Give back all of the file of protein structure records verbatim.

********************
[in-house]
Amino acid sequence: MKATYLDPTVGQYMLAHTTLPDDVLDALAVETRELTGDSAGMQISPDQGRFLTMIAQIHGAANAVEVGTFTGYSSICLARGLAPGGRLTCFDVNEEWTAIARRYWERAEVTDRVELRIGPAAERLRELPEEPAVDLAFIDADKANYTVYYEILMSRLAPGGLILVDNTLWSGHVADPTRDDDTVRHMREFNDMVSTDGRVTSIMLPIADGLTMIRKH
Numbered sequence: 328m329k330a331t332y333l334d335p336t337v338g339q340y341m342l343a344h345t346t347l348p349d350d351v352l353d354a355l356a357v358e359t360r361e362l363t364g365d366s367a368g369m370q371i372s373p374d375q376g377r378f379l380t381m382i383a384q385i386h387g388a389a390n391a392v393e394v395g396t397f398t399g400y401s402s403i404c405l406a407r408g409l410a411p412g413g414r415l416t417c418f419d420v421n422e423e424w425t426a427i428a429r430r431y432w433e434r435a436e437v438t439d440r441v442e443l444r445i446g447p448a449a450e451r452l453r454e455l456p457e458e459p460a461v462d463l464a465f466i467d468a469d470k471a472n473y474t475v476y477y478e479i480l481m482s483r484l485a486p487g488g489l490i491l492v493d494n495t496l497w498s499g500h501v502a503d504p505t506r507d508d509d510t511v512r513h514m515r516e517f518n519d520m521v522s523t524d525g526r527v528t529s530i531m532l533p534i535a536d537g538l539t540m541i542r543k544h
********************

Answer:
[in-house]
Amino acid sequence: MKATYLDPTVGQYMLAHTTLPDDVLDALAVETRELTGDSAGMQISPDQGRFLTMIAQIHGAANAVEVGTFTGYSSICLARGLAPGGRLTCFDVNEEWTAIARRYWERAEVTDRVELRIGPAAERLRELPEEPAVDLAFIDADKANYTVYYEILMSRLAPGGLILVDNTLWSGHVADPTRDDDTVRHMREFNDMVSTDGRVTSIMLPIADGLTMIRKH
Numbered sequence: 328m329k330a331t332y333l334d335p336t337v338g339q340y341m342l343a344h345t346t347l348p349d350d351v352l353d354a355l356a357v358e359t360r361e362l363t364g365d366s367a368g369m370q371i372s373p374d375q376g377r378f379l380t381m382i383a384q385i386h387g388a389a390n391a392v393e394v395g396t397f398t399g400y401s402s403i404c405l406a407r408g409l410a411p412g413g414r415l416t417c418f419d420v421n422e423e424w425t426a427i428a429r430r431y432w433e434r435a436e437v438t439d440r441v442e443l444r445i446g447p448a449a450e451r452l453r454e455l456p457e458e459p460a461v462d463l464a465f466i467d468a469d470k471a472n473y474t475v476y477y478e479i480l481m482s483r484l485a486p487g488g489l490i491l492v493d494n495t496l497w498s499g500h501v502a503d504p505t506r507d508d509d510t511v512r513h514m515r516e517f518n519d520m521v522s523t524d525g526r527v528t529s530i531m532l533p534i535a536d537g538l539t540m541i542r543k544h